I walked for about 35 mins until I could walk no further. I then turned around to walk back along the wall, casting out on either side and working my lure back along the bottom beside the wall. The tide was now running out strongly. Unfortunately the big tide had made the water a bit murky. I have always found the more natural coloured lures work well in the Brisbane River so I started fishing with the GULP 3” Minnow soft plastic on a 1/6th 1 jighead. I lost a few jigheads to the oyster covered rocks on the river side of the wall and watched a few tiny Bream follow it in – but after an hour I had nothing to show for my efforts.
I turned my attention to the lagoon side of the rock wall. The lagoon sits between the wall and the BP Refinery Tank Farm. It is less than two metres deep, even on a high tide but it has plenty of weed beds that attract the Flathead. I found a break in the wall where the water was running into the lagoon. I cast in a semi-circle, into the eddy that had formed a few metres behind the opening. I felt a few small hits then hooked a 10cm Whiting. I carried on and after a few more casts the lure was slammed by a Flathead, just at the base of the rock wall. I landed him – took a picture and sent him on his way. He was just over 40cm but there is more than enough Flathead in the fridge at present. I carried on in the same spot, peppering the area with casts and after about 5 more I had another Flathead around the same size. I also released him.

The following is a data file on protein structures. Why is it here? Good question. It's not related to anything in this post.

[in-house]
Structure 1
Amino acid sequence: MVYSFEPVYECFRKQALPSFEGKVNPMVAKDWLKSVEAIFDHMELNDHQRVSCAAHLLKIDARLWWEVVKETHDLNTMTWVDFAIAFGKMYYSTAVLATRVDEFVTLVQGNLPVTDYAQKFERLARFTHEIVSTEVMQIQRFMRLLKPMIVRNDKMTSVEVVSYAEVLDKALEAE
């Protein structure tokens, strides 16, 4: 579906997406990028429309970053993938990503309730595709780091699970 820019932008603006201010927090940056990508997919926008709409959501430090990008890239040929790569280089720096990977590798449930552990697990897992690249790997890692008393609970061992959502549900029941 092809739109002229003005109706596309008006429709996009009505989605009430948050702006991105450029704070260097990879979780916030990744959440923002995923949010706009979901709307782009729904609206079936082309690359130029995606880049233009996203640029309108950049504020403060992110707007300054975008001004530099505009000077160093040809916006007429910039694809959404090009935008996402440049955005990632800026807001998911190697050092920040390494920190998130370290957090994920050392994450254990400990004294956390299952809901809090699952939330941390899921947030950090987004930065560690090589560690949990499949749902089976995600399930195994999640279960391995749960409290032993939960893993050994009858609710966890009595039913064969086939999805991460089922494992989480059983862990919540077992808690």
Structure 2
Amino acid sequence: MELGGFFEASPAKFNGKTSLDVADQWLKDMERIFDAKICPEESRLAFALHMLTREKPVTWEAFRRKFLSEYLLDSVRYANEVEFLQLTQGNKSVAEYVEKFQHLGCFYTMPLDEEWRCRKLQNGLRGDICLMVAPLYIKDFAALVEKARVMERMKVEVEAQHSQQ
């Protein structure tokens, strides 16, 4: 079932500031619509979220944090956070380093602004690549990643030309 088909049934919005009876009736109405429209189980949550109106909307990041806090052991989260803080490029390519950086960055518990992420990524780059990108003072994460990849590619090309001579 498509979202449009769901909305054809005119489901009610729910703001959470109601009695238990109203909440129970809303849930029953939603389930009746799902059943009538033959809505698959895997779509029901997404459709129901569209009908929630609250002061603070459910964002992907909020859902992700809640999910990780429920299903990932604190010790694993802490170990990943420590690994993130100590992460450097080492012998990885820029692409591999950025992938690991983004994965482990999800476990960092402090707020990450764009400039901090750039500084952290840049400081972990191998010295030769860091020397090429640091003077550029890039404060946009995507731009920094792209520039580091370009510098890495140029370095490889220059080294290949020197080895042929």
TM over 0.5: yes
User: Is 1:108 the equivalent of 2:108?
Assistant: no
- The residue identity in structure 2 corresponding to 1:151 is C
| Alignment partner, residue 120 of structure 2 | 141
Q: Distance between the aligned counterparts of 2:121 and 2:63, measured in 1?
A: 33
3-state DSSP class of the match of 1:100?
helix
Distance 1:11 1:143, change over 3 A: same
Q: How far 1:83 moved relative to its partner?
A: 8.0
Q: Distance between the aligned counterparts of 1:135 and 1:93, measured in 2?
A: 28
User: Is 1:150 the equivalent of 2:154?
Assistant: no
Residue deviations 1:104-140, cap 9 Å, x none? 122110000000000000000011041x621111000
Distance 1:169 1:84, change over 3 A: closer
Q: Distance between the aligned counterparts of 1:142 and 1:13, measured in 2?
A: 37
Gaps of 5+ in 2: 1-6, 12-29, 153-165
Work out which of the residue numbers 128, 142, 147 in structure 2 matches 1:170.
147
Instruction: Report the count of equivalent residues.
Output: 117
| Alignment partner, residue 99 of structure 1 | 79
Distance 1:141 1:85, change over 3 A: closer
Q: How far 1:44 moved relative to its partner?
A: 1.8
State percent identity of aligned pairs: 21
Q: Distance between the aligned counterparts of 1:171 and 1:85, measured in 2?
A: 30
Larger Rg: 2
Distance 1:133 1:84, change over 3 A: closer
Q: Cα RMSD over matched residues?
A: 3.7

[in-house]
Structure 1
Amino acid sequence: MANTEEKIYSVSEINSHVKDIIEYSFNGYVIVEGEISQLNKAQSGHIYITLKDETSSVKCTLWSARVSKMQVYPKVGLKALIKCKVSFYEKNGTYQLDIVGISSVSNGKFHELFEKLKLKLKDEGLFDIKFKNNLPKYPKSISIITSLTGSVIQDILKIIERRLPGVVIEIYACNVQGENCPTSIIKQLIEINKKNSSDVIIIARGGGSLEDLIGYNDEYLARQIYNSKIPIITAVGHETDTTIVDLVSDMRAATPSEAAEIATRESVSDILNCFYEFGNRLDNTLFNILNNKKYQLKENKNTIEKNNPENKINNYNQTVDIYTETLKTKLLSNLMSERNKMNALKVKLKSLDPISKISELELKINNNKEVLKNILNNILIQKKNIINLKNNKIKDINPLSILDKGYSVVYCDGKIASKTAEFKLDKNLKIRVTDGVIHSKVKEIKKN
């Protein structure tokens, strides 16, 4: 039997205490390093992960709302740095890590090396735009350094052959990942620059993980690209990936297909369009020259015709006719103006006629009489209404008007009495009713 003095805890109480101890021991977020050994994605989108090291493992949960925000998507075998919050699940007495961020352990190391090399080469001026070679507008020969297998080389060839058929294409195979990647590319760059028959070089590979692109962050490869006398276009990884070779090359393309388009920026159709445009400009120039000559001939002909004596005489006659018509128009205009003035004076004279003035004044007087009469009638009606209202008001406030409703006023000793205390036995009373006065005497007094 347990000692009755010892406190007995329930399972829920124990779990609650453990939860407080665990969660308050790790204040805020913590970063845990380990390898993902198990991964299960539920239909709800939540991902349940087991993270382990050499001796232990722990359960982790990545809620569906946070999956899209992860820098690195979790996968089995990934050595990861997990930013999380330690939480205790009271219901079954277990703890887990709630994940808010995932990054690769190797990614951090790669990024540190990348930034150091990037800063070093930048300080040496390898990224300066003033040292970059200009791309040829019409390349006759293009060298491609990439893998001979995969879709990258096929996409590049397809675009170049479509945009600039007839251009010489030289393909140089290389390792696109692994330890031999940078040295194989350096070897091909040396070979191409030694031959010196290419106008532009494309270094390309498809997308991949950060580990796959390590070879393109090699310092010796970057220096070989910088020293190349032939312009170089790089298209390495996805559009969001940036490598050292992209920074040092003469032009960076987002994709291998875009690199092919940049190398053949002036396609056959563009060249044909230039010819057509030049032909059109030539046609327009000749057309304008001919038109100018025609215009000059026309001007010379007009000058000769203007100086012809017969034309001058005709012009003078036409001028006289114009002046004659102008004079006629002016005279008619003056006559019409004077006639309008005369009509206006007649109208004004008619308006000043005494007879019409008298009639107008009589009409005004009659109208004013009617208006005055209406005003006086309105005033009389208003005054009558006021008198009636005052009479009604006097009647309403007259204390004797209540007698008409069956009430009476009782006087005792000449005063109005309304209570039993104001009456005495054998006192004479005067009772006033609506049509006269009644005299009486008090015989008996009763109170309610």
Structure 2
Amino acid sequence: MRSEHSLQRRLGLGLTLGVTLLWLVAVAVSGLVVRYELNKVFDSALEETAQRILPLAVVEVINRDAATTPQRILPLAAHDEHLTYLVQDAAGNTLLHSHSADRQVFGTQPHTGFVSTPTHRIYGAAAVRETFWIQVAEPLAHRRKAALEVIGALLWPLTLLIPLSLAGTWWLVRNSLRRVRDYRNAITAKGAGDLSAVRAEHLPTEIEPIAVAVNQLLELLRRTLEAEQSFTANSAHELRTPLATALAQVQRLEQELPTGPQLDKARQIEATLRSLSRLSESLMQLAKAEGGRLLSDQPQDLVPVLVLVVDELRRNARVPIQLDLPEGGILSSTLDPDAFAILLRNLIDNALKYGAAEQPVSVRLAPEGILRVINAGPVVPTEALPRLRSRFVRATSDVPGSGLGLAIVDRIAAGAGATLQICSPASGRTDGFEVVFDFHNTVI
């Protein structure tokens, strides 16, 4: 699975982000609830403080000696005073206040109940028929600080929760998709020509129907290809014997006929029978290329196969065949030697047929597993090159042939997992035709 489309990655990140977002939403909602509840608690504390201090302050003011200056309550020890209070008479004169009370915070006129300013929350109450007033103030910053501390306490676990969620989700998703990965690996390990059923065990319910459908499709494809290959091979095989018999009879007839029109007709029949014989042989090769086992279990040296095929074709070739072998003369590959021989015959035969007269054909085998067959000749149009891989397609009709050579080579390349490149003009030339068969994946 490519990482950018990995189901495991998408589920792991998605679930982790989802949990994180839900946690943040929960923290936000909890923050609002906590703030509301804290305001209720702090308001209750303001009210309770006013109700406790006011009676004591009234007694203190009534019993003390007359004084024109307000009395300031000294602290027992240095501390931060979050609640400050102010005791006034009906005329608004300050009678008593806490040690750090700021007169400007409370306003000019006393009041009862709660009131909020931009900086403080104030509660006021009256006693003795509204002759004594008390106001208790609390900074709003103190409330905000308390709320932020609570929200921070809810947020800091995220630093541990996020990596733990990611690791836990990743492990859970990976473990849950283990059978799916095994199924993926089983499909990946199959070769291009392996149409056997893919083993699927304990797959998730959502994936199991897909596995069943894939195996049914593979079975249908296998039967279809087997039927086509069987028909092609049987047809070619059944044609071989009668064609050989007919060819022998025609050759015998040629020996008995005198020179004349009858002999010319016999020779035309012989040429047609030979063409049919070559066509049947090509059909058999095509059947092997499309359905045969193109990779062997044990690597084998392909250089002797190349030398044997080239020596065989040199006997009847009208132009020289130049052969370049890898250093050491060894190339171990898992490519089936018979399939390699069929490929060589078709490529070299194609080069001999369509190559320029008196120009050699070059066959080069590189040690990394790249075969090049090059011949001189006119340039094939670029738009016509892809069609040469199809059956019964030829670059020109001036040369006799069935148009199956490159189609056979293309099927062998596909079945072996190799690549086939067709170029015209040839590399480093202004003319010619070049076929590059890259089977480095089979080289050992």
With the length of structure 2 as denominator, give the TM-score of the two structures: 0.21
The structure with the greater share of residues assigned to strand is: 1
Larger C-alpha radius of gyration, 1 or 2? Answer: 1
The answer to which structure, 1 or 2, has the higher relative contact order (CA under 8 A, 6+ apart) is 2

I gradually moved back along the rock wall casting as I went but despite changing colours and even trying a blade lure, I did not get another touch from the fish. I arrived back at the car at about noon.

Brisbane River – Pinkenba Rockwall – 25 Aug 2010

After a great week of fishing down at Iluka I was keen to get back out on my home patch around Brisbane. On Wednesday the weather was not too promising. With limited time and strong westerly winds I decided to try fishing along the Pinkenba rock wall on the north side of the Brisbane River. I usually access this spot by parking next to the QCL Cement Plant and walking around the plant to the river bank. There is a long stretch of rock wall that goes from the plant all the way to the mouth of Boggy Creek. It is fairly shallow all along here so I find it fishes best around high tide. My timing was good as I arrived right on high tide at around 9.45am. All along the rock wall there are areas where it has it has broken down and there is therefore plenty of structure at its base and as you move further out the lower rocks are completely covered in oysters.